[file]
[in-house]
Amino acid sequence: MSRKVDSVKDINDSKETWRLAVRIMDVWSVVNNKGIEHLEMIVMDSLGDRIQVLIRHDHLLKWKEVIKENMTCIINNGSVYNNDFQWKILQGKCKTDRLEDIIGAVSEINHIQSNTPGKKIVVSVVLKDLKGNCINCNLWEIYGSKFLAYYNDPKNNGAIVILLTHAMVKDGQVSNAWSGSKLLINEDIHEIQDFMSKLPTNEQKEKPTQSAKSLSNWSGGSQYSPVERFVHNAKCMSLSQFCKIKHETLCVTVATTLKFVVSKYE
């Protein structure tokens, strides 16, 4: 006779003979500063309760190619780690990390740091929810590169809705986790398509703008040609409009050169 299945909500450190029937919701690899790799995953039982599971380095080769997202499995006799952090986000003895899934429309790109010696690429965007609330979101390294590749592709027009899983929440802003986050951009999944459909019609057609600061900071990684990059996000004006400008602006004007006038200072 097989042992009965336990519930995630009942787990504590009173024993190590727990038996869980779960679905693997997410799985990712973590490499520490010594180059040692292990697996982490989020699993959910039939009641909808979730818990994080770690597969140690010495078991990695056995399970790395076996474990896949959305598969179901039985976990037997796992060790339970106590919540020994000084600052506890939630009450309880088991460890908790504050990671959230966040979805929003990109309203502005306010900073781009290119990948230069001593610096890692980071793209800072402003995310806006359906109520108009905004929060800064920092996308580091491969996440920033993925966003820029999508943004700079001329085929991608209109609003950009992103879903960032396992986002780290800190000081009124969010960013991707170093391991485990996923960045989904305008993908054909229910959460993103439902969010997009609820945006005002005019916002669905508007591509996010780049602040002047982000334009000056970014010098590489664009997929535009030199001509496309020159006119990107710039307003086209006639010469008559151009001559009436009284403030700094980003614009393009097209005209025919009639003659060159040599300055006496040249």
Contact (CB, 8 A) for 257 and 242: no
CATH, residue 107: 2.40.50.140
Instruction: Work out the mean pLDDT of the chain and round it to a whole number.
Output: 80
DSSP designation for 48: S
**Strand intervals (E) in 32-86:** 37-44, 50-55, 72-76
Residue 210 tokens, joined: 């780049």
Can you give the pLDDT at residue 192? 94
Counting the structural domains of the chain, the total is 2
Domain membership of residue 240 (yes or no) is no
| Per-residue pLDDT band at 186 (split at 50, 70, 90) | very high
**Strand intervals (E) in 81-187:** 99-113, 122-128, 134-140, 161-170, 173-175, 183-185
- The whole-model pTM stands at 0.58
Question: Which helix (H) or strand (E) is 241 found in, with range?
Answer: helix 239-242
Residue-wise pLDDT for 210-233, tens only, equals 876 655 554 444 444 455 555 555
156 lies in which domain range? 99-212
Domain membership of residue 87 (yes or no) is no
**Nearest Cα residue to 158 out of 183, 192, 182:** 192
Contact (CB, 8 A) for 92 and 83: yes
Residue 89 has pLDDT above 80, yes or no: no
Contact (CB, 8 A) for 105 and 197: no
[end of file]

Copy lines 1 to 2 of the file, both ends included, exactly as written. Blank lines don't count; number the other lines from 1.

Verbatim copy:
[in-house]
Amino acid sequence: MSRKVDSVKDINDSKETWRLAVRIMDVWSVVNNKGIEHLEMIVMDSLGDRIQVLIRHDHLLKWKEVIKENMTCIINNGSVYNNDFQWKILQGKCKTDRLEDIIGAVSEINHIQSNTPGKKIVVSVVLKDLKGNCINCNLWEIYGSKFLAYYNDPKNNGAIVILLTHAMVKDGQVSNAWSGSKLLINEDIHEIQDFMSKLPTNEQKEKPTQSAKSLSNWSGGSQYSPVERFVHNAKCMSLSQFCKIKHETLCVTVATTLKFVVSKYE